Next month, 24 randomly selected Oregon voters will gather at Western Oregon University in Monmouth to weigh the pros of cons of Measure 97, the controversial proposal for a gross-receipts tax on certain Oregon corporations.
Think of the group as an impartial grand jury of sorts: Members will hear presentations from proponents and opponents. They'll get to ask questions. At the conclusion of the review, scheduled for Aug. 18-21, the panel will produce a statement to give voters key facts about the measure and arguments for and against its passage.
The panel's report, one of the few impartial sources of information about the most important matter on Oregon's 2016 ballot, will be included in your state voter's guide.
It's all part of the Oregon Citizens' Initiative Review Commission, a uniquely Oregon creation that was launched in 2011. The commission is an innovative attempt to help cut through the noise and heat surrounding far-reaching and complicated ballot measures and provide voters with some badly needed light.
It's also a process that you likely haven't heard much about, in part because it's underfunded.
The Oregon Legislature established the Citizens' Initiative Review Commission in 2011. The state contracts with a Portland-area nonprofit called Healthy Democracy to help run the process.
Robin Teater of Healthy Democracy told me that the original idea was to review at least two ballot measures during each election cycle. (A fresh panel with new members is brought in for each review; panelists receive a daily stipend and their room and board costs are covered.)
Of course, these days, Oregon ballots usually have more than two important measures. In a better world, the commission would be able to set up a review for each important ballot measure.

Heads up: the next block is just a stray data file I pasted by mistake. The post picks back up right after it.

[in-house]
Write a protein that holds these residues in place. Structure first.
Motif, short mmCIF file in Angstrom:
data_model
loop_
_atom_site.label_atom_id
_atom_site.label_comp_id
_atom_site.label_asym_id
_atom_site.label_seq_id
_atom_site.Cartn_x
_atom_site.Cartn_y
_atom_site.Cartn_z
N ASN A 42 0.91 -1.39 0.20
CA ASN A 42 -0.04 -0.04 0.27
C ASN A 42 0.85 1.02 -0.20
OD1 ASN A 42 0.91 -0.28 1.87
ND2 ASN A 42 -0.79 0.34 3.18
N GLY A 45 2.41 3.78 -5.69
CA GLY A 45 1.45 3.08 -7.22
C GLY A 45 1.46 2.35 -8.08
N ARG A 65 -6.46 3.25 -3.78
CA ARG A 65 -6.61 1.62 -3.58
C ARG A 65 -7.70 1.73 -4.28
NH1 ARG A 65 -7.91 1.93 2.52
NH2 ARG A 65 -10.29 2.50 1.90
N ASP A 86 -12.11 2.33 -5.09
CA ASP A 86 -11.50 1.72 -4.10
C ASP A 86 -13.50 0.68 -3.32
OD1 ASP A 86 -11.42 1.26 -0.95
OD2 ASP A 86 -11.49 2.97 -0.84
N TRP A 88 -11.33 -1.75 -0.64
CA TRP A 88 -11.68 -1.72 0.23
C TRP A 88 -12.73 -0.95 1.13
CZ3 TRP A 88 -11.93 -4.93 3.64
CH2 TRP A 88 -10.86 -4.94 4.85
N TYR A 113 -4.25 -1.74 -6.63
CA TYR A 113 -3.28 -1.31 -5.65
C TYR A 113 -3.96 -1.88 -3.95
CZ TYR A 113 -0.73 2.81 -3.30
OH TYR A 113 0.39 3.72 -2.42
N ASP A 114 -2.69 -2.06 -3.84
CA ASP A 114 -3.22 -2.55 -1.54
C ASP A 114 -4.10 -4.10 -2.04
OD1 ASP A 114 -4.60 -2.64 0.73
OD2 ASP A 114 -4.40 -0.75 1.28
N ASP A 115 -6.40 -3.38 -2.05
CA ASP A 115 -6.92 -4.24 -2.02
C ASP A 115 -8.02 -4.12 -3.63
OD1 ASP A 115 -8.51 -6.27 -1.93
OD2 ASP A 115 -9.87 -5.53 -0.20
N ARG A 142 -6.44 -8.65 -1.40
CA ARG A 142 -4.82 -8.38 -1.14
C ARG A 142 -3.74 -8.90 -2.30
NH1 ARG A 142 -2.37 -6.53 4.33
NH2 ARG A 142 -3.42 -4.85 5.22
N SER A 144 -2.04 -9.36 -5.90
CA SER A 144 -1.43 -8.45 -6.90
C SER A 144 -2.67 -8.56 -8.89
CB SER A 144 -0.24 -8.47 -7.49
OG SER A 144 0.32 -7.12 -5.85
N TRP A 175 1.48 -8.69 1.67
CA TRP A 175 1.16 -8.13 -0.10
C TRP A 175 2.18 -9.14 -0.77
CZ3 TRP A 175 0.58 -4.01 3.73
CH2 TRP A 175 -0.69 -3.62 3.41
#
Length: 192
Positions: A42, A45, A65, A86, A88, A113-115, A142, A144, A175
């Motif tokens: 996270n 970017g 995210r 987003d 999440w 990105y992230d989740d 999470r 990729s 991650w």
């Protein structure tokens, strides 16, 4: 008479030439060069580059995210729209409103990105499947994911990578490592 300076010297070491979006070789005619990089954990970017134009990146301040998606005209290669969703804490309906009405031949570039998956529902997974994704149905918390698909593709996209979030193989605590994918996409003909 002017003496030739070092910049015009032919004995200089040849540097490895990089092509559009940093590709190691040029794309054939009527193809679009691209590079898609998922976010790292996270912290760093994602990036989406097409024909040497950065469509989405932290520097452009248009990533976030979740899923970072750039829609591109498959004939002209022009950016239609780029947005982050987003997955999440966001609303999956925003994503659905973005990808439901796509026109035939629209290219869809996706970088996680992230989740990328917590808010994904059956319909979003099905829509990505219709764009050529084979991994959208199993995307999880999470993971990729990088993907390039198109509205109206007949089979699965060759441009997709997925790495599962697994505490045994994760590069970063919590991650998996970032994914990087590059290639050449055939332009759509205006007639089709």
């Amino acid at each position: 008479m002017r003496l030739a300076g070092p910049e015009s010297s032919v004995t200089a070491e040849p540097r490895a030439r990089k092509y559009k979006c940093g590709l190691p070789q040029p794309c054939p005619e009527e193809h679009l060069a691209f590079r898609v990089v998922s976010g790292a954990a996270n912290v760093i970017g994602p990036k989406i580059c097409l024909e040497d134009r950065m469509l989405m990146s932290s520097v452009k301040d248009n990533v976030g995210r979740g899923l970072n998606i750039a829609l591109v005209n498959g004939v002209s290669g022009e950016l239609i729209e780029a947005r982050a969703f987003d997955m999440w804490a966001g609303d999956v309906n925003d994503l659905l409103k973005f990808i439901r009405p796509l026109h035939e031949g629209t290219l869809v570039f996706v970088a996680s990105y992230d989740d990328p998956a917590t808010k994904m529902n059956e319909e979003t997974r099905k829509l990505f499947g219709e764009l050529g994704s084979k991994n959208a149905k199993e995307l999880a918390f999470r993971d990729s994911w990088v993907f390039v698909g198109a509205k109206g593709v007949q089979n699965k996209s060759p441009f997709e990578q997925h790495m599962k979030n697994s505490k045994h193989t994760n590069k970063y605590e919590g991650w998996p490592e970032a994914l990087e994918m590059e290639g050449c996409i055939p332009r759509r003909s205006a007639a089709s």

But this year, because of financial constraints, only one review will be held.
The price tag for each review is about $65,000 in direct costs and another $40,000 or so in indirect costs and staff time.
Given the financial constraints, the state commission elected to do only one review this election cycle, and Measure 97, the "600-pound gorilla" of this election, in Teater's words, got the nod.
The review process has gotten rolling thanks in large part to donations from private sources. But those sources are drying up.
In the meantime, other states are beginning to notice Oregon's experiment with the review commission and are following suit, Teater noted: Arizona has launched a similar process, and Massachusetts is about to launch a pilot program. Arizona's project, which is being coordinated by the Morrison Institute of Public Policy at Arizona State University, is publicly funded. (Healthy Democracy is assisting with the efforts in those states; perhaps ironically, the measures to be considered in both Arizona and Massachusetts involve legalizing marijuana.)
One of the initial selling points for the Oregon project back in 2011 was that it would involve no public funding at all and, in fact, contributions from corporations and unions were barred.
And, again, in a better world, private funds still would be more than sufficient to fund the commission and its work. Or Healthy Democracy would have the resources to try to raise its public profile throughout Oregon to the point where it would be easier to attract additional donations.
We're not there yet. Maybe we won't get there.
But considering that millions of dollars are going to be spent in the battle over Measure 97, investing $100,000 or so to get a fresh and impartial read on such a complicated and important measure seems like an eminently reasonable investment.
And it's not as though Measure 97 will be the last complicated and important measure to go before voters: Oregon ballots typically are loaded with measures on major policy initiatives.
Teater puts it well: The citizens' review process, she said, is "pretty inexpensive. And the stakes are only rising."